Double inaugural lecture by KWR researchers at Utrecht University
On Thursday, 24 April, Annemarie van Wezel and Kees van Leeuwen give a double inaugural lecture at Utrecht University (UU). The 2 principal scientists at KWR are professors at the Copernicus Institute of the UU’s Faculty of Geosciences. Van Wezel, Professor of Water Quality and Health, addresses new technologies designed to discover and monitor risky emerging contaminants in water. Van Leeuwen, Professor of Water Management and Urban Development, stresses the importance of a sustainable water cycle in cities.
“We would need to further generalize the case-by-case risk assessment approach to new technologies”
In our environment, drinking water practically always and everywhere satisfies all the legal provisions. The law sets the quality standards that drinking water, wastewater, surface water and groundwater must meet. But, because of the “chemification” of our society, there are tens of thousands of chemical compounds being sold and used. Water quality standards exist for only a couple of hundred of them. These are, for the most part, “yesterday’s problem substances”, about which we know quite a lot. “Today’s problem substances, and certainly those of tomorrow, are a more interesting evaluation and management challenge,” according to Van Wezel. New technological developments, such as nanotechnology and shale gas drilling, can present risks to the water cycle.
Van Wezel states that the developers of new technologies focus a lot on functionality and little on obviating their negative consequences. “How great it would be if we could further generalize the case-by-case risk assessment approach to new technologies: an over-arching risk-banding tool for those new technologies that might have an impact on water and the environment.” Risk banding combines risk assessment with risk-control strategies. Van Wezel’s optimism is rooted in the experience that, once the risks become well understood, technologies are nearly always developed that generally remove these risks. A good understanding and articulation of environmental risks, as it were, creates a market for environmental technologists and the associated businesses.
Professor Jasper Griffioen – active at UU and TNO, and a participant in the 4-year “Shale Gas and Water” research programme which starts in late 2014 – subscribes to Van Wezel’s remarks about risk banding. “As a society, we can’t lock down the subsurface; we have to implement new technologies in a sustainable fashion. This can be done perfectly well by following the precautionary principle, and incorporating risk-evaluation tools into the licensing process.”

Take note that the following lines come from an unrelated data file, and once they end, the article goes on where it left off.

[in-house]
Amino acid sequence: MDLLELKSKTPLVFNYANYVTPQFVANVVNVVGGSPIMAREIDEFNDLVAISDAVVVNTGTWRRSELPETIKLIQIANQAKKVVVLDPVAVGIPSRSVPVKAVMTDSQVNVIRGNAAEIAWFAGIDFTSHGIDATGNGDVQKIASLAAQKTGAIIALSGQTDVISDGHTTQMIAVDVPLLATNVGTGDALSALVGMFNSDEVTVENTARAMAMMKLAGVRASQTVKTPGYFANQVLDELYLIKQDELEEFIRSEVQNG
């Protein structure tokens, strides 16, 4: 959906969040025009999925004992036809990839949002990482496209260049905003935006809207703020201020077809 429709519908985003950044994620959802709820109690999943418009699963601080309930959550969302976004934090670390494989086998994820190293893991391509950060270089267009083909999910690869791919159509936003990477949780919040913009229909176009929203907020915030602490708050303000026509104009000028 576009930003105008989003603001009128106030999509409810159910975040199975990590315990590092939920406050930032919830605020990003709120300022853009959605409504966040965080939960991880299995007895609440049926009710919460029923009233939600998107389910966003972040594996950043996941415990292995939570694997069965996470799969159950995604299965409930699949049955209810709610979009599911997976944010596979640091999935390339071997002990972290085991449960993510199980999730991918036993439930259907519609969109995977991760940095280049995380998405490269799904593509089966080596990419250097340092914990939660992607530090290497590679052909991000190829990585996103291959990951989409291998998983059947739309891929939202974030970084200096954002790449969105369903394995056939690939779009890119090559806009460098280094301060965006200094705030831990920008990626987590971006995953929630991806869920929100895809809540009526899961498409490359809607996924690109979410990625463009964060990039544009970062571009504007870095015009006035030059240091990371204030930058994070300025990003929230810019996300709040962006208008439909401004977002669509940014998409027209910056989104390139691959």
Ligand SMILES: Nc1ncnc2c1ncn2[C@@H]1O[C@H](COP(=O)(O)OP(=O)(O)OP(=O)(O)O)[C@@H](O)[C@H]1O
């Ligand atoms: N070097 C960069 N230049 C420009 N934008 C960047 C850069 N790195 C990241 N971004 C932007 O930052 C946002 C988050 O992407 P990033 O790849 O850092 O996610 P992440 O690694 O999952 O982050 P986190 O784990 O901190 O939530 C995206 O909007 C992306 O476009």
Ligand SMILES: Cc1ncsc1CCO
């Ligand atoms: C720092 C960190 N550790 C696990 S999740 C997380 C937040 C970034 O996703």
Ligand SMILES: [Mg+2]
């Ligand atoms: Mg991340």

“The City Blueprints research also points to the transformations that are needed”
Water in the city
In his lecture, Van Leeuwen addresses the subject of water in the city. Over the last 3 years, he has developed a method at KWR to assess the sustainability of urban water cycles: City Blueprints. The method has already been applied to more than 45 cities worldwide. Another element has also been introduced, namely, the Blue City Index (BCI), which is the arithmetic mean of 24 indicators for a city. The cities with the highest BCIs are those with ambitious management and engaged populations, and are located in rich countries (countries with high GNPs) and effective governments. These tools have also been scaled up to become an Action Group within the framework of the European Commission’s European Innovation Partnership on Water (EIP Water).
Van Leeuwen observes that cities can learn a lot from each other – assuming they make their knowledge available and actively share it. The cities can then form the bases upon which to work towards solutions to the water governance crisis; a crisis that is manifested today primarily in cities, and will continue to do so in the foreseeable future. Professor Peter Driessen works closely with Van Leeuwen at UU. He also believes that water plays a key role in urban development. “Not only from the perspective of public health and sustainability, but also in terms of economic development. The City Blueprint research not only shows how cities perform with regard to sensible water management, but also points to the transformations that they need to make. Then you touch on urban water governance, a field in which UU conducts a great deal of research. The collaboration with KWR leads not only to new insights, but also to interesting and interdisciplinary lines of research.”
© 2017 KWR Watercycle Research Institute
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Annemarie van Wezel
Kees van Leeuwen